Class Struggle In Emily Bronte's Wuthering Heights

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CHAPTER 3 CLASS STRUGGLE Generally class struggle means conflict between the upper class and lower class the idea of Class struggle is long-used mostly by socialists and communists, who define a class by its relationship to the means of production such as factories, land, and machinery. From this point of view, the social control of production and labour is a fight between classes, and the division of these resources basically involves conflict and causes damage. Societies are socially divided based on status, wealth, or control of social production and distribution, and in this division of class conflict arises. It is important to know Karl Marx theory on class struggle; he viewed the structure of society in relation to…show more content…
The novel was published during the Industrial Revolution, a time of great economic change in which laborers fought for fair conditions at the workplace, and employers fought to defend themselves. People formed groups to work for their own benefit, thus causing the separation of classes. As a novel written during the Victorian era, Emily Bronte’s intensely class conscious novel Wuthering Heights is a story of protecting and improving one's social and economic class. Much of this struggle results from a distinct division of classes and is described through such ways as personal relationships, appearance of characters, and even the setting. The division of classes is based on cultural, economic, and social differences, and it greatly affects the general behavior and actions of each character. These struggles between social classes roughly resemble a real-life conflict during this…show more content…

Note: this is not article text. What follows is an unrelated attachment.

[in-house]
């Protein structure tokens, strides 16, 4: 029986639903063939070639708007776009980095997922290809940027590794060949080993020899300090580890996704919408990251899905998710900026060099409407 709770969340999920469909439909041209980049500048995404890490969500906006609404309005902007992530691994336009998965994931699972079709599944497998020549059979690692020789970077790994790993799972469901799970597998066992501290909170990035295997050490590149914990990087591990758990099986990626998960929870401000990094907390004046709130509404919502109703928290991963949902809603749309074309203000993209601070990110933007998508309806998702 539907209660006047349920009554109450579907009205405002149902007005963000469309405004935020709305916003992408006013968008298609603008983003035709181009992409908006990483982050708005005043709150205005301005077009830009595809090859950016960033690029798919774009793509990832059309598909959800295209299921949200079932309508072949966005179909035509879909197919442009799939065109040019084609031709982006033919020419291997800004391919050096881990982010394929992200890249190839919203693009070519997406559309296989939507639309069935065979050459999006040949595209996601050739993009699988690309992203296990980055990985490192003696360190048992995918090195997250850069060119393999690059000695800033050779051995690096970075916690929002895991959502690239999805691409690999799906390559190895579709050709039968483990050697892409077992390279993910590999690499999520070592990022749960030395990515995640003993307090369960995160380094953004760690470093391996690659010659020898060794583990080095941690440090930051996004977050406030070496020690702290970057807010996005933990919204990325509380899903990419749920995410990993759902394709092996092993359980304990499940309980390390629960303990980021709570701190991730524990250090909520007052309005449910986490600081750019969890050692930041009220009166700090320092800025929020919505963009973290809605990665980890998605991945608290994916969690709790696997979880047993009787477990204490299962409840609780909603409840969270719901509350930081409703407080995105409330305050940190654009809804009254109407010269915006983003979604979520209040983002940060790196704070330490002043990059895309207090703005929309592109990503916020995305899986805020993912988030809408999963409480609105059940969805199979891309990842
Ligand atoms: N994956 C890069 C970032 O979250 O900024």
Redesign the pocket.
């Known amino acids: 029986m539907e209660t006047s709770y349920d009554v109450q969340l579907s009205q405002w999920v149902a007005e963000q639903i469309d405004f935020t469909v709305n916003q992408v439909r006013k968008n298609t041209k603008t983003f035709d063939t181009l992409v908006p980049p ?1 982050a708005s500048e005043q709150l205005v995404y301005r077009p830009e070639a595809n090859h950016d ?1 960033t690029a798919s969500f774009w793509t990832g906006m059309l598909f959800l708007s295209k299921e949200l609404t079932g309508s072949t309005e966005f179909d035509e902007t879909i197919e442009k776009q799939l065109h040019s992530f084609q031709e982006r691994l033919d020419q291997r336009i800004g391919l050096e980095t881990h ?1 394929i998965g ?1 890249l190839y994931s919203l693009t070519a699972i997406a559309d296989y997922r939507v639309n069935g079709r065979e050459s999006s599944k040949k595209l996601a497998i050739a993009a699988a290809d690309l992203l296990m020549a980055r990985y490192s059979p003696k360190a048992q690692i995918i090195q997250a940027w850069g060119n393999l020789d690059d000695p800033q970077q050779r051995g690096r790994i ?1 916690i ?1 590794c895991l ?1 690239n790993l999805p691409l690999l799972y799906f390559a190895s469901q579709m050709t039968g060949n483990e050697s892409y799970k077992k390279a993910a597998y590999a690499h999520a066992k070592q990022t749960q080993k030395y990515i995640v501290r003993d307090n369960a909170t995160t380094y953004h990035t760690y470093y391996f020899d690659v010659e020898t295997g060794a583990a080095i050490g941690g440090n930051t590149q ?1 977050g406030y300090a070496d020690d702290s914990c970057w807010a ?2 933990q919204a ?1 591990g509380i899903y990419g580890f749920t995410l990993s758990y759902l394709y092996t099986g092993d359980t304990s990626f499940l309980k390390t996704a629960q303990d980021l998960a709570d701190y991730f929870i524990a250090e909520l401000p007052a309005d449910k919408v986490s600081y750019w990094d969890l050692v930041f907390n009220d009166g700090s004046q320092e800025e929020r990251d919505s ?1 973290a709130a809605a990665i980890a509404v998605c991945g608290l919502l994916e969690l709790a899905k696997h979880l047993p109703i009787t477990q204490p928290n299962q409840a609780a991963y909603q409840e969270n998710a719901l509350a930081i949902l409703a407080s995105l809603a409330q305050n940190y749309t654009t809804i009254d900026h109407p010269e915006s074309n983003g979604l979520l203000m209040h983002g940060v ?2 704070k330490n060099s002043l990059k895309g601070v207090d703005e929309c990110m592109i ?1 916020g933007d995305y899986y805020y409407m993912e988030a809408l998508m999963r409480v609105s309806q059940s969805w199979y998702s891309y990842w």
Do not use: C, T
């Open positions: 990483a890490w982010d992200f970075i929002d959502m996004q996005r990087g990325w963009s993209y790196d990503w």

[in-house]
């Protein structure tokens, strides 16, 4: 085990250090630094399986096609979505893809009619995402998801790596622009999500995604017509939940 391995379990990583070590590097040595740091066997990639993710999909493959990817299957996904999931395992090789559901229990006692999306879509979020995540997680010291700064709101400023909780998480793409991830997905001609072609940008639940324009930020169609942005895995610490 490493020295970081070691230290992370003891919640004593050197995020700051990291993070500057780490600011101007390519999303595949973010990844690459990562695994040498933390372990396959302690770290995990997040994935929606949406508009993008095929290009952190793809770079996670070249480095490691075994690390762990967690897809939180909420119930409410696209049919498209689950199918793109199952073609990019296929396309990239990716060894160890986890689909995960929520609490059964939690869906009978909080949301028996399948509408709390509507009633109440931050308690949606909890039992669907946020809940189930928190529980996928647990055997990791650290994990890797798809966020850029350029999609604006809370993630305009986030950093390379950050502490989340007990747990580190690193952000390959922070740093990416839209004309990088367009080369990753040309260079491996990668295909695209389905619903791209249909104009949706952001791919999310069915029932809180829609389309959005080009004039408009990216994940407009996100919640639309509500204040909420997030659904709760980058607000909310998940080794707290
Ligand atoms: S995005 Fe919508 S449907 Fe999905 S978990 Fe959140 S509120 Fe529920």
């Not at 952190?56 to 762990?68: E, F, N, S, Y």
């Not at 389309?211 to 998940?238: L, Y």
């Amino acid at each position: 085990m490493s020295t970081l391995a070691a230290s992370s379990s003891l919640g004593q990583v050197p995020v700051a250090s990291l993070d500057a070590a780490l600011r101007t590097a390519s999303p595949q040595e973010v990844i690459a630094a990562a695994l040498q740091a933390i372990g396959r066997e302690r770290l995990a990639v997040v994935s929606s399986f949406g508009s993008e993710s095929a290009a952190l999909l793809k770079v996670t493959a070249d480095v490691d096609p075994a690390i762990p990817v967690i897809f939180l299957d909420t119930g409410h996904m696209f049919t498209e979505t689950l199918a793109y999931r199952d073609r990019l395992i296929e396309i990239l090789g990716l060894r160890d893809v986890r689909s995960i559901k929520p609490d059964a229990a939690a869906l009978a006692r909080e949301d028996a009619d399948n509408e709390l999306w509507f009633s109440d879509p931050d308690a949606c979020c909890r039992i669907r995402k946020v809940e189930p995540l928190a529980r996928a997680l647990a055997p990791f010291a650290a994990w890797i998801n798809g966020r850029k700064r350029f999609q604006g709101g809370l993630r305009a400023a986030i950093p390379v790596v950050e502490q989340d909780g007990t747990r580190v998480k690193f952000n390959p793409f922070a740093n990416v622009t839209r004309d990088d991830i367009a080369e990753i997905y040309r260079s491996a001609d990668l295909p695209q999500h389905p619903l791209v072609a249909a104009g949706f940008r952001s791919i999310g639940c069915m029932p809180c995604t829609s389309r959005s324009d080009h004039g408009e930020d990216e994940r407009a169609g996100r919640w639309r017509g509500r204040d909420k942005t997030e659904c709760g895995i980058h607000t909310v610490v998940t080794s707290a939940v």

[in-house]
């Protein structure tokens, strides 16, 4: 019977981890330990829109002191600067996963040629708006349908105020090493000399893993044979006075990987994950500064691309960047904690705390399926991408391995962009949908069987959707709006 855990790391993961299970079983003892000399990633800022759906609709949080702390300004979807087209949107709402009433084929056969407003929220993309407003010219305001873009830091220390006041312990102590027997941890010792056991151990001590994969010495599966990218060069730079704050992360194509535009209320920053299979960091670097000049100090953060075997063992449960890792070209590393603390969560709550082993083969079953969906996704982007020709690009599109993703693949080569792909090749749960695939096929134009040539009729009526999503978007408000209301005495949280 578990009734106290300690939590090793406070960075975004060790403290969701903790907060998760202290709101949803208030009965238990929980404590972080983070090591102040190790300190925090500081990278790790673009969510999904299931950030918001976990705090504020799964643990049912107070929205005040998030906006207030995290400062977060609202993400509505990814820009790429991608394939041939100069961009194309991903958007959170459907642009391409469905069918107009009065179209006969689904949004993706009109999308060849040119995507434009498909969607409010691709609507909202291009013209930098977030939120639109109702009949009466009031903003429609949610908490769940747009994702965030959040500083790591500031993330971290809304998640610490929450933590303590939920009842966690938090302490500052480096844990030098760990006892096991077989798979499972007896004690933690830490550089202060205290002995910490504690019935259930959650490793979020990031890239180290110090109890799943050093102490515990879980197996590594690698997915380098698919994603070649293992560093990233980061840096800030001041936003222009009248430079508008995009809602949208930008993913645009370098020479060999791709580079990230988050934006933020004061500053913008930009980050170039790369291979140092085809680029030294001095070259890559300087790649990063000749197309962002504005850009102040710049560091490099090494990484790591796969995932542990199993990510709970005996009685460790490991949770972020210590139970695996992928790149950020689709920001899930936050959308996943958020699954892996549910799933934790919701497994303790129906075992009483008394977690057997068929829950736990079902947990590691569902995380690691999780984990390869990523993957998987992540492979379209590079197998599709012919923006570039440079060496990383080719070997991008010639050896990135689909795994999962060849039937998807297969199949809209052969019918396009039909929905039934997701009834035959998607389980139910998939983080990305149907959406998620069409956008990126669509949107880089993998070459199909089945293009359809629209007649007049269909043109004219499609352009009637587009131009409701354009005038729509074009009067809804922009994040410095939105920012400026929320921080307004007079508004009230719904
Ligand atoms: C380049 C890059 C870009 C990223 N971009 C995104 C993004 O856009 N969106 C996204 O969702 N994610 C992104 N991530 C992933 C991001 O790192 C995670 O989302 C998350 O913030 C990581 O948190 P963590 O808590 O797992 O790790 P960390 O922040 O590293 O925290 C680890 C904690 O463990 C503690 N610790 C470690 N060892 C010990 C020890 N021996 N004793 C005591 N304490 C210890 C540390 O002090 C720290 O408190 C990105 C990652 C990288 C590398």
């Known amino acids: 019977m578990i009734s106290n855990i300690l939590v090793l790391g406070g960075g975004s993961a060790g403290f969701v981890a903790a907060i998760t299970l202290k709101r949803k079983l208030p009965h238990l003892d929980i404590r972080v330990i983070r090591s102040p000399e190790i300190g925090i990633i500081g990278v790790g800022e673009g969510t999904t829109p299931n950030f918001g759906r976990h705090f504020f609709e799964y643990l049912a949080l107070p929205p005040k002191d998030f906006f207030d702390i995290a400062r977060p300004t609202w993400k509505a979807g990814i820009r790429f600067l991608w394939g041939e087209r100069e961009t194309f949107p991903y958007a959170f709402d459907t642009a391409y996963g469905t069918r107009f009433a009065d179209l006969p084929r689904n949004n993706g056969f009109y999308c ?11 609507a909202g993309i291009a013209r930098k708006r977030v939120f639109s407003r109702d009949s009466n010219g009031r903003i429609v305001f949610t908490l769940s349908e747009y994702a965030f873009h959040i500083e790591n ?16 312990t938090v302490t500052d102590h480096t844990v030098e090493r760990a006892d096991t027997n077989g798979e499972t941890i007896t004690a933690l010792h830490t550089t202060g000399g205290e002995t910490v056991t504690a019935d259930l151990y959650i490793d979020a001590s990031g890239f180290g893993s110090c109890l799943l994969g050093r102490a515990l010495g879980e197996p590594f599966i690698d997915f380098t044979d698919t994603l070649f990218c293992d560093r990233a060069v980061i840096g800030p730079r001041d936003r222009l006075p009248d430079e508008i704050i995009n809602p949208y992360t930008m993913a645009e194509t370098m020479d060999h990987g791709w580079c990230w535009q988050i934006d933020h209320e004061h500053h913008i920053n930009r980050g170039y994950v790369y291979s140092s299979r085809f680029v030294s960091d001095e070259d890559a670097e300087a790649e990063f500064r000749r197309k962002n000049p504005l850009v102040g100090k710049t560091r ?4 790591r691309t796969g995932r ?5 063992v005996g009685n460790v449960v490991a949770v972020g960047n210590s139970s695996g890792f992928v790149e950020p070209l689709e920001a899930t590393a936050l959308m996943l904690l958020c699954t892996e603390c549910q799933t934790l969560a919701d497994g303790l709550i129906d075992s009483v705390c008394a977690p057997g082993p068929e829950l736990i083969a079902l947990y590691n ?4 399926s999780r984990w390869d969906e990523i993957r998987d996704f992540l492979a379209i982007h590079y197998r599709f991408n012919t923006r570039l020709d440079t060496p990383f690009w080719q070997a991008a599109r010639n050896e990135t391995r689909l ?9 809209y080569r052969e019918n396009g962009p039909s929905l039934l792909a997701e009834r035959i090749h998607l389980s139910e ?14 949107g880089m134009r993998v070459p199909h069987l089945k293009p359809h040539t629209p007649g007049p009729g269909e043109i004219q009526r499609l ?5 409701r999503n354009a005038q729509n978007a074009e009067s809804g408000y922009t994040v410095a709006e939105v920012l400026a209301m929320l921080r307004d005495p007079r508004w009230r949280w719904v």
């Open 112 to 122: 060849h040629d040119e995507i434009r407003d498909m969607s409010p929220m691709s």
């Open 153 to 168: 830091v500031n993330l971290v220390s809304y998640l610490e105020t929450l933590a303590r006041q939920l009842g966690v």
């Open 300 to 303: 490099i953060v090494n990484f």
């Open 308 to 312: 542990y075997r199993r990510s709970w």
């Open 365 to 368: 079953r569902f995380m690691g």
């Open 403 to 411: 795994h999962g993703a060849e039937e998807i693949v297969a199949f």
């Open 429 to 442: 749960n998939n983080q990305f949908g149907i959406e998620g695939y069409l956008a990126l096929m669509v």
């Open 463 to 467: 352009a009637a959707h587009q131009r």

The intense conflicts which are characteristics of its artistic structure are create in the terms of social conflicts. The roots and causes of these conflicts are in the pressures of the society with which the novel was published. Wuthering Heights was published two times in 1837 and 1848, times of great change due to the Industrial Revolution. Thus, it reflects in some way the class struggle. Heathcliff did create a classless society, he made everyone his servants. An example is as what he did to Cathy; “That lass Cathy owes me her service for her bread; I’m not going to nurture her in luxury and idleness after Linton is gone”
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